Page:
Some of you may recall a little-known title released last year for the PSP called, Generation of Chaos. When we reviewed this hidden gem last year there were a few issues with the interface and the limited help options, but overall, it was a solid experience for Sony’s portable device. Now more than a year later, the chaps at Idea Factory have decided to return to the franchise Aedis Eclipse: Generation of Chaos, but the real question is did they remedy the problems found in it’s predecessor or simply recycle the same formula.
The basic premise of Aedis Eclipse is your typical RPG fare. The mystical order of light (read the good guys) is faced with fighting off the hordes of darkness (yes, the bad guys) who want to cast an eternal darkness upon the world. While the plot isn’t going to receive any nominations for originality, it does set a nice backdrop to the overall conflict.
The biggest difference with Aedis Eclipse though, is that the world is actually divided into three realms that the player can tackle in any order they choose. While they obviously progress in difficulty, it is nice to be able to choose which one you want to start out in. Each section of the world is divided into factions at conflict with each other such as the Divine World; an island in the sky with demons and angels fighting it out for supremacy.
While the story is passable, everyone knows that an RPG lives and dies based on its combat system. Just like the previous incarnation, Aedis Eclipse uses the traditional grid-based mechanic that forces the player to utilize three main battle tactics. The first, of course, is using your environment to your advantage. Throughout each battle, you and your troops will have to face environmental hazards such as awkward terrain, one way streets, and even special blocks that can affect the physical attributes of your party.
There are of course plenty of ways around this, such as simply forming the land to fit your strategy and even setting up base camps to increase your number of troops. There are plenty of neutral positions on the map, but they are not always the best route when aiming for victory. This small addition goes a long way in forcing the player to think strategically as opposed to offensively.
The other two main elements go hand in hand; battle preparation and strategy. While it may seem slow-paced and wasteful to spend a turn prepping for an attack, as opposed to simply churning out the damage, it is actually more beneficial and crucial in later battles. Knowing when to strike and when to hold back are the keys to victory, and if you stray from this you are bound to see a game over screen more often than not.
There are many options when preparing for battle. For instance, you can partner your captain with another to create a tag team or simply bulk up your soldiers by purchasing items at the local shops. You can also switch classes, creating better all-around fighters; all of these options create a game that rewards players for patience and preparation.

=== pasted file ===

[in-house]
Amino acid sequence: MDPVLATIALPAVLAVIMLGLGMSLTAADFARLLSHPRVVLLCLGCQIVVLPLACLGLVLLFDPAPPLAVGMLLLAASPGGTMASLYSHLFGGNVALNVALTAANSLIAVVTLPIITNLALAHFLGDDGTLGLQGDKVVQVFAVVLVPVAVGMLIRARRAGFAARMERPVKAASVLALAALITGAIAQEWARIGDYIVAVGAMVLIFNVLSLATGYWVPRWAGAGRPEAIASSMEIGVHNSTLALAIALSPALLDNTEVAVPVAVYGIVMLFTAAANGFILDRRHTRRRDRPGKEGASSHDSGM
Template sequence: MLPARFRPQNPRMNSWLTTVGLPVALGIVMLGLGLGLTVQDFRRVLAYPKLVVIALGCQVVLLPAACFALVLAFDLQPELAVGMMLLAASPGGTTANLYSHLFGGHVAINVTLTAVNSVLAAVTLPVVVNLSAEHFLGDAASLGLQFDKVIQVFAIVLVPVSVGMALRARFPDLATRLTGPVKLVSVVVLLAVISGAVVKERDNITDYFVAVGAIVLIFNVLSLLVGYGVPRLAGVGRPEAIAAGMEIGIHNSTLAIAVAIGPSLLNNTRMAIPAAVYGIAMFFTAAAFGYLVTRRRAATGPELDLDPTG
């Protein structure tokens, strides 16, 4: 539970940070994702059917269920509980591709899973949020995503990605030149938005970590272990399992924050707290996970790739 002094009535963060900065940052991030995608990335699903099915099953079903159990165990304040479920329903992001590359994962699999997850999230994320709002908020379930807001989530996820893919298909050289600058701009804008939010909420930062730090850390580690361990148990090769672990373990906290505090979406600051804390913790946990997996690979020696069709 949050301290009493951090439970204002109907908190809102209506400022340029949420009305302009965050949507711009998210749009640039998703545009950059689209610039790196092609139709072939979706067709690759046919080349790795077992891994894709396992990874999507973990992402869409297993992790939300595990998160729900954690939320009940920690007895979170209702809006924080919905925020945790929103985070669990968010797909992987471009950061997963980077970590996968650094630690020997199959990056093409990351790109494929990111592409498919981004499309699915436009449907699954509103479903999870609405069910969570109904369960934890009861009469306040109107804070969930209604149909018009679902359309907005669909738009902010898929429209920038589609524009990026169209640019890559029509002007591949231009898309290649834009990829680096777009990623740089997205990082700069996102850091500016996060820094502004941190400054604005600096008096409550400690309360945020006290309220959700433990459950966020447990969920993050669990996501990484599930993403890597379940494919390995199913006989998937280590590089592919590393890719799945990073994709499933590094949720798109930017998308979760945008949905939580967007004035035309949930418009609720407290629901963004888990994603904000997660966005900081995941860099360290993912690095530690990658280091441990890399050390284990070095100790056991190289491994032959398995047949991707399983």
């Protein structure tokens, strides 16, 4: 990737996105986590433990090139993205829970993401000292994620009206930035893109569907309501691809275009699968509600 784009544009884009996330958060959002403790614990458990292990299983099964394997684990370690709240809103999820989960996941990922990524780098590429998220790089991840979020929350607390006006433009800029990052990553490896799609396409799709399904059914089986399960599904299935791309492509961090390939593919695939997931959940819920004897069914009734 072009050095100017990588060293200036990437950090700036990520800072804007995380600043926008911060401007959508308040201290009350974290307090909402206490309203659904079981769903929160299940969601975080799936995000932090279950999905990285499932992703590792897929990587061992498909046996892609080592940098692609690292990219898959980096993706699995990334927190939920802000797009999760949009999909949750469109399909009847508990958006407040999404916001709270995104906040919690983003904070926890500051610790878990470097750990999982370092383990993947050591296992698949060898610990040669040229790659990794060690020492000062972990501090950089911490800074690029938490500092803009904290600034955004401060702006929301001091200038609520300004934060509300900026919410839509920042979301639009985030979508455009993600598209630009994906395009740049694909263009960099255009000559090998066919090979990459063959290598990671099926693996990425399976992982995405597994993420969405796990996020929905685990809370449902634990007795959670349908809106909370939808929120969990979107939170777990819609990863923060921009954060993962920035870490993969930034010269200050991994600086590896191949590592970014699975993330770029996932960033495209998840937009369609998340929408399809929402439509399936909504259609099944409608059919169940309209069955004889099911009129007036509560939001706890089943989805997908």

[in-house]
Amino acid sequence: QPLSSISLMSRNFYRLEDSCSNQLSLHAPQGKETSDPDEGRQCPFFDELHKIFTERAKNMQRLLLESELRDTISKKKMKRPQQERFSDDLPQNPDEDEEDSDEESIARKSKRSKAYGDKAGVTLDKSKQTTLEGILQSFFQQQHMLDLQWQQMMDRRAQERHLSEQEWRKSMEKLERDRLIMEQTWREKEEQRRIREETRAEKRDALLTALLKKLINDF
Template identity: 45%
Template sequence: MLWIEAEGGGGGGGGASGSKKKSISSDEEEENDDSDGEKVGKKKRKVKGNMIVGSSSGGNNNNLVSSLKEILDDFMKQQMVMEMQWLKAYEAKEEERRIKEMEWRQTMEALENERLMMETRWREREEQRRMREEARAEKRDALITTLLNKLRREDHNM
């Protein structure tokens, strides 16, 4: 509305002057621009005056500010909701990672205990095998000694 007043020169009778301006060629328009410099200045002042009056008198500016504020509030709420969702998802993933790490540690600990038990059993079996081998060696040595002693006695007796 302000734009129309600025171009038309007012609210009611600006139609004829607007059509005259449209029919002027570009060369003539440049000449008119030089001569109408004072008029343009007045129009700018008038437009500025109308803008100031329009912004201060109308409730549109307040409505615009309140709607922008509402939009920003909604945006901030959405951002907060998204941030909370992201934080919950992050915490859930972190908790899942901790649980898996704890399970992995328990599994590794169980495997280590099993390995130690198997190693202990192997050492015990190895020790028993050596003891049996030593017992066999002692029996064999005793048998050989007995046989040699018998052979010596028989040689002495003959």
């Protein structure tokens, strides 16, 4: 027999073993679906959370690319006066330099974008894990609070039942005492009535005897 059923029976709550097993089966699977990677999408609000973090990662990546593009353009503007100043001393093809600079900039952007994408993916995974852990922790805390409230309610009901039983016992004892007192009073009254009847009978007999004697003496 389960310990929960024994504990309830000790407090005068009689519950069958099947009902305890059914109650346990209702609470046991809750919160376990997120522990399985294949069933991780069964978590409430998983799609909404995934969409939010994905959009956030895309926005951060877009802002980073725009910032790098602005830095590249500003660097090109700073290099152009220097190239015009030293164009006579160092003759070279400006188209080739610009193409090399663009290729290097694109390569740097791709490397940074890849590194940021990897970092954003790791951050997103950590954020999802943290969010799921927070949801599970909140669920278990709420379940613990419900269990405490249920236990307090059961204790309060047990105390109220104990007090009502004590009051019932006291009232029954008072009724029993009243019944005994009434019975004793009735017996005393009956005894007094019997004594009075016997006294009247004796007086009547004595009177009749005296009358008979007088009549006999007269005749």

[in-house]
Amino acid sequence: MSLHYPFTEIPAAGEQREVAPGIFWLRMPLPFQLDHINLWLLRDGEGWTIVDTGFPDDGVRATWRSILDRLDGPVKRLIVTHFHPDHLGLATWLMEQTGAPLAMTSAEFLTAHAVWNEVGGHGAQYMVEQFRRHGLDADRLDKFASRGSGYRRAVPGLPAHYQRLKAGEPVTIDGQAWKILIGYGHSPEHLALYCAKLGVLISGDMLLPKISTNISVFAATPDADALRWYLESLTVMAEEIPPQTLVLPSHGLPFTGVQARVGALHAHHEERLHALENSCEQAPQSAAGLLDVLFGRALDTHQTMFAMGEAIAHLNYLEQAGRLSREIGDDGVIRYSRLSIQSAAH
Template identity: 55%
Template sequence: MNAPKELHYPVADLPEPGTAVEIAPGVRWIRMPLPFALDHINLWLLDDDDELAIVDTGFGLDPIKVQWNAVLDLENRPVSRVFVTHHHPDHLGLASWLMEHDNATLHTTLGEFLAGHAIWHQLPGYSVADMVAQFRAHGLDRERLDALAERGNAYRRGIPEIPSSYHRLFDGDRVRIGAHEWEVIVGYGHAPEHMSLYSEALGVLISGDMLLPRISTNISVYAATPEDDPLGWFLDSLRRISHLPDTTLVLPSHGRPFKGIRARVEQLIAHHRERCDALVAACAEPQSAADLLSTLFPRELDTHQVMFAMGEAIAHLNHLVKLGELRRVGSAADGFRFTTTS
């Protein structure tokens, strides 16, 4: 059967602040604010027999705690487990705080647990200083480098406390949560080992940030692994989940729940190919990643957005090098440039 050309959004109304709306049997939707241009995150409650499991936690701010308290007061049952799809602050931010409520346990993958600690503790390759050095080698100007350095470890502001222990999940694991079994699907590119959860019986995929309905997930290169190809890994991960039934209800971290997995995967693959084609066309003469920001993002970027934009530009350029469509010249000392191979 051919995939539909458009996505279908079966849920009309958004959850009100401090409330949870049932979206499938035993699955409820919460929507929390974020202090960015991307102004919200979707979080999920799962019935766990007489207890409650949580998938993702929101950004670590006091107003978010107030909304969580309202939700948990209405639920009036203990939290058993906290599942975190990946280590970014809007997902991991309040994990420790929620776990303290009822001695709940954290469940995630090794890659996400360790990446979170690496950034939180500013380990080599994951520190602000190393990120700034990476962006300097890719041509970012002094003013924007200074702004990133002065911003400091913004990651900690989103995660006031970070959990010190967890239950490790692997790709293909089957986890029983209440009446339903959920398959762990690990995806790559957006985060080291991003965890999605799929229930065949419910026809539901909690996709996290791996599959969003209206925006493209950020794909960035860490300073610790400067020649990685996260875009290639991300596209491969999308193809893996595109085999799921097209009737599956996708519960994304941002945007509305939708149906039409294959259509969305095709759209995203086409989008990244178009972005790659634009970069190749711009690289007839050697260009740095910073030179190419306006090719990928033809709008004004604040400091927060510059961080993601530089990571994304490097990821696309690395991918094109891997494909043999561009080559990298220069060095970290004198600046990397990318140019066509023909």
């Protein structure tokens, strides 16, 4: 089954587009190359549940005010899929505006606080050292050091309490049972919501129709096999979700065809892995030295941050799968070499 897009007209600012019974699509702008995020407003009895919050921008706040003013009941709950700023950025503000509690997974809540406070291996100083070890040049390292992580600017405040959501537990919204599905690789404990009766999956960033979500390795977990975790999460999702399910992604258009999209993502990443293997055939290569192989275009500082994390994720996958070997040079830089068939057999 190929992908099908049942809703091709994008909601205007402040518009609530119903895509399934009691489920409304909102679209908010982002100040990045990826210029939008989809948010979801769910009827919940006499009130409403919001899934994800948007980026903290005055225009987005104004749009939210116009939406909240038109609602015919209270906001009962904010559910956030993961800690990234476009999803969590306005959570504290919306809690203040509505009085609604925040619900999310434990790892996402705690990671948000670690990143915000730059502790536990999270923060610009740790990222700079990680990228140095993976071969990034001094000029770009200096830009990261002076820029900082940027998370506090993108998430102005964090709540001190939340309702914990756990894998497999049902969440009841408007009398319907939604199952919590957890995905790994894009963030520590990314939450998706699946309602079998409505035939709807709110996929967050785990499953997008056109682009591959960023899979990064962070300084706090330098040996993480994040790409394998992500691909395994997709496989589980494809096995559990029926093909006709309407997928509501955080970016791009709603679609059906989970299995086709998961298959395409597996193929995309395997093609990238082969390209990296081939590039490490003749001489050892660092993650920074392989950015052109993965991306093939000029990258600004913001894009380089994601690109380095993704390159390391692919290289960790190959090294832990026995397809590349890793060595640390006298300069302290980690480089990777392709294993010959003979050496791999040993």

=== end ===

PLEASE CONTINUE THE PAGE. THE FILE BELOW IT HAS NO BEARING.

Unfortunately, with all of this depth and customization comes a price. The same issues that plagued the first game are still here and create a confusing experience for anyone who didn’t play the original. The menu system is still convoluted and at times, extremely hard to read due to the entirely too small text. If that wasn’t enough, reading any of the help or tutorial sections will really only give you a general idea of what each function does, or it may confuse you even more than you already are. My point is that this game is almost too deep for its own good, and players are more likely to become frustrated early on and miss out on the amazing things it has to offer.
The combat system also suffers from some minor bumps and bruises. For the most part, the AI is spotty at best. They seem to attack randomly and sometimes not at all, even when confronted with an enemy directly in front of them. This can lead to frustration seeing as most of the game consists of these battles. It also doesn’t help matters that the only interaction you have within each battle is with the captain. Most of my time in the game was actually spent thumbing through different FAQs while letting my AI battle on its own, which will still garner enough victories to get by.
This is disappointing because there is so much here to enjoy, yet you have to work hard to enjoy it. Providing more interaction with the battles and improving the AI would do wonders for the overall experience here, but unfortunately there is still plenty of work to be done here.
What have been improved over the original though, are the visuals. Cleaner sprites and vastly improved textures, have created a world that is much more pleasing to the eyes. Forests now look like forests and the palette has been well expanded to eliminate the repeating environments that plagued the first game. The sound will suffice with the English voice action ranging from alright to despicable, but you do have the option to switch over to the far superior Japanese dialogue and enjoy the game with subtitles.
When all is said and done, Aedis Eclipse is another solid strategy RPG that simply packs too much for its own good. If you enjoyed the first game, then there is certainly plenty of new content here to appease your appetite. If you are new to the genre, this is certainly not a good starting point. However, if you take the time to learn all of the nuances of the game it is truly rewarding for the price and portability Aedis Eclipse delivers; if you can manage to understand what it is trying to deliver that is.